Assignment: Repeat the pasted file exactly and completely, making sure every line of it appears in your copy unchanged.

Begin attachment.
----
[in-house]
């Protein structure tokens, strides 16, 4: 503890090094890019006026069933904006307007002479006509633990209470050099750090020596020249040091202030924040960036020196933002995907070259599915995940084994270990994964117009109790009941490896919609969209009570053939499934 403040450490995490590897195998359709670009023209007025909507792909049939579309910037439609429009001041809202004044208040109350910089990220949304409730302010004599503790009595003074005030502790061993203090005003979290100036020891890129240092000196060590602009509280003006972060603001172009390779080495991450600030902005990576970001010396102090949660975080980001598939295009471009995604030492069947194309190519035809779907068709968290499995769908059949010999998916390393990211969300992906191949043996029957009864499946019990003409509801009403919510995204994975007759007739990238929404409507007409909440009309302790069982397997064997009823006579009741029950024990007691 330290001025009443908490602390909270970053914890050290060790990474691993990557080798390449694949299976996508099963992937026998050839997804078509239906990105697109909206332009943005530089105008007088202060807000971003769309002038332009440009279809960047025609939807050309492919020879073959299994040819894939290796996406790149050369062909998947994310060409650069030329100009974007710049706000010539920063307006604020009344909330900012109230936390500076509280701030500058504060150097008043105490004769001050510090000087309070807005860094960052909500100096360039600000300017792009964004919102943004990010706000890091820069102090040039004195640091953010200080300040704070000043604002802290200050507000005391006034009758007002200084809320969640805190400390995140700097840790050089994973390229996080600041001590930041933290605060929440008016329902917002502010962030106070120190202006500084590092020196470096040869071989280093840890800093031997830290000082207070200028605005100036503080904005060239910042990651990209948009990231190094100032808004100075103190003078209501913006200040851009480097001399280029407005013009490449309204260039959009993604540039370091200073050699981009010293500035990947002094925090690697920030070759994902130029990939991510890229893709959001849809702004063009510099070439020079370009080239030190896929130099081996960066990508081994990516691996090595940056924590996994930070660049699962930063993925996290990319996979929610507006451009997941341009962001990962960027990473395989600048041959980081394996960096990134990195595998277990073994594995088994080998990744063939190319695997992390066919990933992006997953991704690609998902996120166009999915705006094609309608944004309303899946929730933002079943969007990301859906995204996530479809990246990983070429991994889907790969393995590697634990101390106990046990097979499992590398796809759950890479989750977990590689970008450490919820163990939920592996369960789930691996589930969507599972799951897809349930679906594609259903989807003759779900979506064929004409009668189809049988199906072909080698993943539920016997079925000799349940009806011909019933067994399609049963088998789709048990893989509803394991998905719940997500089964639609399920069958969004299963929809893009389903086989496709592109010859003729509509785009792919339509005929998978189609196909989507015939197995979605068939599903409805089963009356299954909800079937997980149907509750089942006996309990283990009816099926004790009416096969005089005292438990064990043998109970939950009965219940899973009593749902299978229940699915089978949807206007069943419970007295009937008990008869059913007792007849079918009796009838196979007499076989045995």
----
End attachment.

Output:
[in-house]
């Protein structure tokens, strides 16, 4: 503890090094890019006026069933904006307007002479006509633990209470050099750090020596020249040091202030924040960036020196933002995907070259599915995940084994270990994964117009109790009941490896919609969209009570053939499934 403040450490995490590897195998359709670009023209007025909507792909049939579309910037439609429009001041809202004044208040109350910089990220949304409730302010004599503790009595003074005030502790061993203090005003979290100036020891890129240092000196060590602009509280003006972060603001172009390779080495991450600030902005990576970001010396102090949660975080980001598939295009471009995604030492069947194309190519035809779907068709968290499995769908059949010999998916390393990211969300992906191949043996029957009864499946019990003409509801009403919510995204994975007759007739990238929404409507007409909440009309302790069982397997064997009823006579009741029950024990007691 330290001025009443908490602390909270970053914890050290060790990474691993990557080798390449694949299976996508099963992937026998050839997804078509239906990105697109909206332009943005530089105008007088202060807000971003769309002038332009440009279809960047025609939807050309492919020879073959299994040819894939290796996406790149050369062909998947994310060409650069030329100009974007710049706000010539920063307006604020009344909330900012109230936390500076509280701030500058504060150097008043105490004769001050510090000087309070807005860094960052909500100096360039600000300017792009964004919102943004990010706000890091820069102090040039004195640091953010200080300040704070000043604002802290200050507000005391006034009758007002200084809320969640805190400390995140700097840790050089994973390229996080600041001590930041933290605060929440008016329902917002502010962030106070120190202006500084590092020196470096040869071989280093840890800093031997830290000082207070200028605005100036503080904005060239910042990651990209948009990231190094100032808004100075103190003078209501913006200040851009480097001399280029407005013009490449309204260039959009993604540039370091200073050699981009010293500035990947002094925090690697920030070759994902130029990939991510890229893709959001849809702004063009510099070439020079370009080239030190896929130099081996960066990508081994990516691996090595940056924590996994930070660049699962930063993925996290990319996979929610507006451009997941341009962001990962960027990473395989600048041959980081394996960096990134990195595998277990073994594995088994080998990744063939190319695997992390066919990933992006997953991704690609998902996120166009999915705006094609309608944004309303899946929730933002079943969007990301859906995204996530479809990246990983070429991994889907790969393995590697634990101390106990046990097979499992590398796809759950890479989750977990590689970008450490919820163990939920592996369960789930691996589930969507599972799951897809349930679906594609259903989807003759779900979506064929004409009668189809049988199906072909080698993943539920016997079925000799349940009806011909019933067994399609049963088998789709048990893989509803394991998905719940997500089964639609399920069958969004299963929809893009389903086989496709592109010859003729509509785009792919339509005929998978189609196909989507015939197995979605068939599903409805089963009356299954909800079937997980149907509750089942006996309990283990009816099926004790009416096969005089005292438990064990043998109970939950009965219940899973009593749902299978229940699915089978949807206007069943419970007295009937008990008869059913007792007849079918009796009838196979007499076989045995």